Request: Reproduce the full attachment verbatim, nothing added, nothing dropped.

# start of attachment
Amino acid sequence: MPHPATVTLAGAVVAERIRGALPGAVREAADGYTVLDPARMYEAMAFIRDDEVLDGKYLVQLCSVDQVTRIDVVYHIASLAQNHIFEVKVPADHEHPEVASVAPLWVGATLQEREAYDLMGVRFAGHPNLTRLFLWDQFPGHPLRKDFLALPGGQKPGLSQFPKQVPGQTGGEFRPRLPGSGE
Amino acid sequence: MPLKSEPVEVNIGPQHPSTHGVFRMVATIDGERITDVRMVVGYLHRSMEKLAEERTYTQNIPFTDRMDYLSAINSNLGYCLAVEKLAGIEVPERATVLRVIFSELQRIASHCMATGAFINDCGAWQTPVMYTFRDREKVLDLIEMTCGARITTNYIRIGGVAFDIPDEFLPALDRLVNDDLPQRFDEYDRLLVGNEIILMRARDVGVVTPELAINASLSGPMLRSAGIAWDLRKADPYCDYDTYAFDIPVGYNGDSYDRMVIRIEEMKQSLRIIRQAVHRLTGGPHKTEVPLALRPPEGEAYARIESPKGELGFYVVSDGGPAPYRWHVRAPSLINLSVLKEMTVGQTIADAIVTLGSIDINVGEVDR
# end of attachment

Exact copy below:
Amino acid sequence: MPHPATVTLAGAVVAERIRGALPGAVREAADGYTVLDPARMYEAMAFIRDDEVLDGKYLVQLCSVDQVTRIDVVYHIASLAQNHIFEVKVPADHEHPEVASVAPLWVGATLQEREAYDLMGVRFAGHPNLTRLFLWDQFPGHPLRKDFLALPGGQKPGLSQFPKQVPGQTGGEFRPRLPGSGE
Amino acid sequence: MPLKSEPVEVNIGPQHPSTHGVFRMVATIDGERITDVRMVVGYLHRSMEKLAEERTYTQNIPFTDRMDYLSAINSNLGYCLAVEKLAGIEVPERATVLRVIFSELQRIASHCMATGAFINDCGAWQTPVMYTFRDREKVLDLIEMTCGARITTNYIRIGGVAFDIPDEFLPALDRLVNDDLPQRFDEYDRLLVGNEIILMRARDVGVVTPELAINASLSGPMLRSAGIAWDLRKADPYCDYDTYAFDIPVGYNGDSYDRMVIRIEEMKQSLRIIRQAVHRLTGGPHKTEVPLALRPPEGEAYARIESPKGELGFYVVSDGGPAPYRWHVRAPSLINLSVLKEMTVGQTIADAIVTLGSIDINVGEVDR